Studying Languages & Living Abroad

Each year, hundreds of thousands of students take part in the Erasmus exchange scheme across Europe, and many of them, as you might expect, are language students. In 2017, almost 800,000 people studied, worked or volunteered abroad thanks to the Erasmus scheme! Studying a language at university is helpful, but it’s no substitute for actually spending time in a country where a language is spoken and immersing yourself in the language and culture, and that’s why universities include a year spent in another country as a key part of their language degrees.

Types of placements

Students on their Erasmus year or semester take part in a variety of different placements, but they mainly fall into 3 main categories listed below.


One of the most popular options for Erasmus placements is to teach in a school (or multiple schools), giving lessons in your native language. In the UK, teaching placements are usually provided by the British Council. Teaching languages is fun and you’ll also have the chance to work alongside a team of staff at your school who should be happy to speak in your languages studied, giving you an opportunity to improve your language skills in the staffroom as well.


One of the easiest options available is to study at another university in your chosen country, taking courses in your target language. Universities normally have partner institutions in different European countries, making finding an appropriate university a lot simpler. Studying at a university is likely to lead to you meeting and living with fellow students, so as long as you do not stick to international, English-speaking circles, you should have plenty of opportunities to improve your language ability.


Finally, some students decide to work during their years abroad. Finding a job that is suitable requires a bit more work, but it is also a valuable opportunity to use the language you are learning in a professional environment and pick up useful new vocabulary you are not likely to learn within a university setting. As with the teaching placements, it provides an opportunity to do something different from the normal life you are used to at university back at home.


The Practical Details: Application & Funding:

The time abroad is funded, at least partially, by the Erasmus+ grant. Grants are provided (Brexit notwithstanding!) by the European Union scheme, for students who want to work study in another EU member state. After you’ve set everything up with your employer or university, the process for applying for funding is relatively straight-forward – you need to fill out the relevant application form, giving details on your placement or placements, and then complete a language test before the start of your time abroad. When you return, you are invited to take the test a second time, allowing you to see how far your language skills have improved throughout your Erasmus placement, which provides a very useful way to mark you progress.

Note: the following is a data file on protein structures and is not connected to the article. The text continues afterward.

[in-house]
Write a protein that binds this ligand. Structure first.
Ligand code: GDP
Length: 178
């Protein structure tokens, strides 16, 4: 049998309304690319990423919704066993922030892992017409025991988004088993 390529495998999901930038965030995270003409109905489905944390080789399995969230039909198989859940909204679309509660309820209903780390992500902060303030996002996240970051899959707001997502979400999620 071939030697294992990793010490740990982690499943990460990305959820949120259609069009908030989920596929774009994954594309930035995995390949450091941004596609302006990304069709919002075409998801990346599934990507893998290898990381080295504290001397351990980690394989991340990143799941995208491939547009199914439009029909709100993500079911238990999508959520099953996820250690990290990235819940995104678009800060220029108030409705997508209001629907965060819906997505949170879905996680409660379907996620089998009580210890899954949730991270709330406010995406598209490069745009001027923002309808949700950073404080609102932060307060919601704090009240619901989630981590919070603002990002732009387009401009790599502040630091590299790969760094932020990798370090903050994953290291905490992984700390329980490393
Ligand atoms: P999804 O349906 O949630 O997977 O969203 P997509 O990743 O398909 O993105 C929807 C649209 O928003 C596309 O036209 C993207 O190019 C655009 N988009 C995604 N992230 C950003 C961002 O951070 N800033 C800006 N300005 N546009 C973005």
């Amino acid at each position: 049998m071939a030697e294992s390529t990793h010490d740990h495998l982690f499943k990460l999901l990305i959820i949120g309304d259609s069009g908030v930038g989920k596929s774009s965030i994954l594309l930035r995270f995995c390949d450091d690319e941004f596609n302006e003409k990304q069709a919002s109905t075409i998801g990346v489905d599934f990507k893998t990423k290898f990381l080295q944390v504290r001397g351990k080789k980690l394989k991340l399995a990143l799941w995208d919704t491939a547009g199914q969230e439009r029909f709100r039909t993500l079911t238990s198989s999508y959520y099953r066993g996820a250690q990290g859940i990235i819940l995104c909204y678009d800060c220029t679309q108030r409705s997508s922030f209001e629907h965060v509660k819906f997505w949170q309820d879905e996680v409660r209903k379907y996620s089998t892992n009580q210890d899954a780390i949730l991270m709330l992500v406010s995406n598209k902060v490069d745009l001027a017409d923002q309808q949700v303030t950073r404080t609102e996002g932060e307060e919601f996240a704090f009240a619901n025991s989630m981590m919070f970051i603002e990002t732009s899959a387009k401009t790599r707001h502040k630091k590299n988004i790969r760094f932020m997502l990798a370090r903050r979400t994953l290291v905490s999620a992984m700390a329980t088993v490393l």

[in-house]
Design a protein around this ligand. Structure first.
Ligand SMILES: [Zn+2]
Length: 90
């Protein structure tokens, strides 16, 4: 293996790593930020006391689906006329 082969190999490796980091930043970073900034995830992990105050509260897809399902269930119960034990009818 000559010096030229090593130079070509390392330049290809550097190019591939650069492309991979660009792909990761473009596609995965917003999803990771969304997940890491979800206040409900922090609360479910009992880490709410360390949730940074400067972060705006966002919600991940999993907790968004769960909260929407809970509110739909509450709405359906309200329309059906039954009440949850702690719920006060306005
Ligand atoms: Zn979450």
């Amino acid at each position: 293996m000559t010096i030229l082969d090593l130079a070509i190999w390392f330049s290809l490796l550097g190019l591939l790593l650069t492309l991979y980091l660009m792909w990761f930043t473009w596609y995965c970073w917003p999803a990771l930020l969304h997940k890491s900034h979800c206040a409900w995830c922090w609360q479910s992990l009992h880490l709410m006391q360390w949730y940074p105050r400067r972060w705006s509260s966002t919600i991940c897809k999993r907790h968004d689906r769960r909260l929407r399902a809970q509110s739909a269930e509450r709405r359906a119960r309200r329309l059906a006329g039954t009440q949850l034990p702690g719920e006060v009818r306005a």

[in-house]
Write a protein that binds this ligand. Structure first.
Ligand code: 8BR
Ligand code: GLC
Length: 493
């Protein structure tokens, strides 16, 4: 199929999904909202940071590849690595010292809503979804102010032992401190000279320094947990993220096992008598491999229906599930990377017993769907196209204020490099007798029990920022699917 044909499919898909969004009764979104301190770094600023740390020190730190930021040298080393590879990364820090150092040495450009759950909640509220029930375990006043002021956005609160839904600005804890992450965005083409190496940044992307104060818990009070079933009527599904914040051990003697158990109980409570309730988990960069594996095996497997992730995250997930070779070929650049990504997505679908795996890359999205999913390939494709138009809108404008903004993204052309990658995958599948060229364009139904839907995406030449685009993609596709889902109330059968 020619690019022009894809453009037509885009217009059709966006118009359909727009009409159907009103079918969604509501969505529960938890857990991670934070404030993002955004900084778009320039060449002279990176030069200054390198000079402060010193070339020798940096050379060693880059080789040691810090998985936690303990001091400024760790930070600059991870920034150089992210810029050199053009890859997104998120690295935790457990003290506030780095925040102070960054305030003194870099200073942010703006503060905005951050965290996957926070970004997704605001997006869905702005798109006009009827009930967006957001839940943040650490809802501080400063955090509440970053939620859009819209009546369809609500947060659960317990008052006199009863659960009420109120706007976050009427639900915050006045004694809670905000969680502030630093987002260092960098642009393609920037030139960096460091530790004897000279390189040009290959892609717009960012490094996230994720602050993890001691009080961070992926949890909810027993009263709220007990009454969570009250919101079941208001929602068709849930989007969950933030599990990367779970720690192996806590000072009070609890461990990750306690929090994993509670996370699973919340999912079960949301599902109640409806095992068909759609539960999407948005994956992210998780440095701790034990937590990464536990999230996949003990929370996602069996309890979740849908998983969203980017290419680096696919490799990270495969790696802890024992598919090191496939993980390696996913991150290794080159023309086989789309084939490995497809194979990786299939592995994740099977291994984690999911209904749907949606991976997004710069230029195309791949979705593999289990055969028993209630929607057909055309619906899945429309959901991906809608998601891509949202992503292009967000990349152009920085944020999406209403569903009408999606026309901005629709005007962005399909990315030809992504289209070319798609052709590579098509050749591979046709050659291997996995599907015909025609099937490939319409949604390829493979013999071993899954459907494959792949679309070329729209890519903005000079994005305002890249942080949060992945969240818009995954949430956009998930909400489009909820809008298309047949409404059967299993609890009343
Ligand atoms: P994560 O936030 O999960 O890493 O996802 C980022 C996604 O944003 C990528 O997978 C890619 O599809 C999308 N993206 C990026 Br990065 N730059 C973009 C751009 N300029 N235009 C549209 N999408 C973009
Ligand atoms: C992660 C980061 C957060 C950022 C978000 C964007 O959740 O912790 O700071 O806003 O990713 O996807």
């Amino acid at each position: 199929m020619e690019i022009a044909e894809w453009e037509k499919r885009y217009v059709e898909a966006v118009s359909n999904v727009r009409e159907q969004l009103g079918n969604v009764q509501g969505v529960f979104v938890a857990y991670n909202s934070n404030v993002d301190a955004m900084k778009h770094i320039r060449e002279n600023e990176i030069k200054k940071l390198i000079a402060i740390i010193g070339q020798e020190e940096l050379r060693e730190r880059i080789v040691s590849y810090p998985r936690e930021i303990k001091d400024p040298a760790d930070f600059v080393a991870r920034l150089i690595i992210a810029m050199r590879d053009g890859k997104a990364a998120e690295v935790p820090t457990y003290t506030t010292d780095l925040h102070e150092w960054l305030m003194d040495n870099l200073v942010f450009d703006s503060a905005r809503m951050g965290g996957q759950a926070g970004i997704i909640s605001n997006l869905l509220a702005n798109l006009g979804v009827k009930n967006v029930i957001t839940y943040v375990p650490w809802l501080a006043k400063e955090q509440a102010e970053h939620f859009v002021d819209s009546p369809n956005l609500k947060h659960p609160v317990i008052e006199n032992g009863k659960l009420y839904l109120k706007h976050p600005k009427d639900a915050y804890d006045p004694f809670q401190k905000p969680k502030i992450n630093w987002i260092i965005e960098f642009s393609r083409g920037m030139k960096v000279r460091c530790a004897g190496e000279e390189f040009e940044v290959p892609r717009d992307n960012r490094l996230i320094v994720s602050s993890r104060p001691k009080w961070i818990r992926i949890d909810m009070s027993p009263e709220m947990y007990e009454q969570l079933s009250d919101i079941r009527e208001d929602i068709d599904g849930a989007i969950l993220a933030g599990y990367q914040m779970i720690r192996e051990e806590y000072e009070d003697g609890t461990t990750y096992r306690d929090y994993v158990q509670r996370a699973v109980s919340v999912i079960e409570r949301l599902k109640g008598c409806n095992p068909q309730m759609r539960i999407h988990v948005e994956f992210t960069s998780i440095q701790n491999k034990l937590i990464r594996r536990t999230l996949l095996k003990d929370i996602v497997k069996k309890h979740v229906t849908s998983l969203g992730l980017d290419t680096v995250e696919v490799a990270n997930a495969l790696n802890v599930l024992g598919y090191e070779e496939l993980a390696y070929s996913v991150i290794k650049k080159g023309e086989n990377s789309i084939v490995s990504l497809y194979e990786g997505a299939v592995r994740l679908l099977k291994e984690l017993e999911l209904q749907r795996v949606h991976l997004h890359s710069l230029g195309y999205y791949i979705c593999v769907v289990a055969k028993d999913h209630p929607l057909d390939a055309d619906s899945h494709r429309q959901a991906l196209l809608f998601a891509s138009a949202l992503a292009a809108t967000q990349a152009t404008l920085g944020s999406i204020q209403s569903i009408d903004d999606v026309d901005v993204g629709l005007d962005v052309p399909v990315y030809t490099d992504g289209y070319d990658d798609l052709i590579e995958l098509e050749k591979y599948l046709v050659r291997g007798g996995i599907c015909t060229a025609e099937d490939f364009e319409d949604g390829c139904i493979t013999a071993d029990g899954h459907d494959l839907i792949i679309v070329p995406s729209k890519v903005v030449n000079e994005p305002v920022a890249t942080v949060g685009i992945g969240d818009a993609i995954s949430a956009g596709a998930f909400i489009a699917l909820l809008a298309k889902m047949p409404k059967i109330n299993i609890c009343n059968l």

Tips For Successful Erasmus Placements

  • Try not to set your expectations too high. Throughout the process of deciding your destination and applying for your placement, you’ll be confronted with a variety of people eager to stress that the time spent abroad will be the best time of your life. Whilst this is the case for many people, you will undoubtably experience ups and downs during your time abroad, and you’re likely to enjoy it more without the pressure of expecting to enjoy every minute!
  • Maximise the opportunities to speak in your studied languages. Whilst it can be incredibly tempting to socialise with people who are from your country, particularly if friends or course mates are spending their Erasmus placement in the same city or country, you’ll get lots more out of your year abroad if you spend it with native speakers. So if you can, choose housing where you’ll get the chance to live with people who are not all Erasmus students like you, and take part in any kind of sports, clubs or trips available that help you to meet new people!
  • Make the most of your freetime! Spending time in another country is a chance to visit different places, meet new people and try new things, so make the most of every opportunity you can to make the most out of your experience. Working or studying is just one part of the whole experience!
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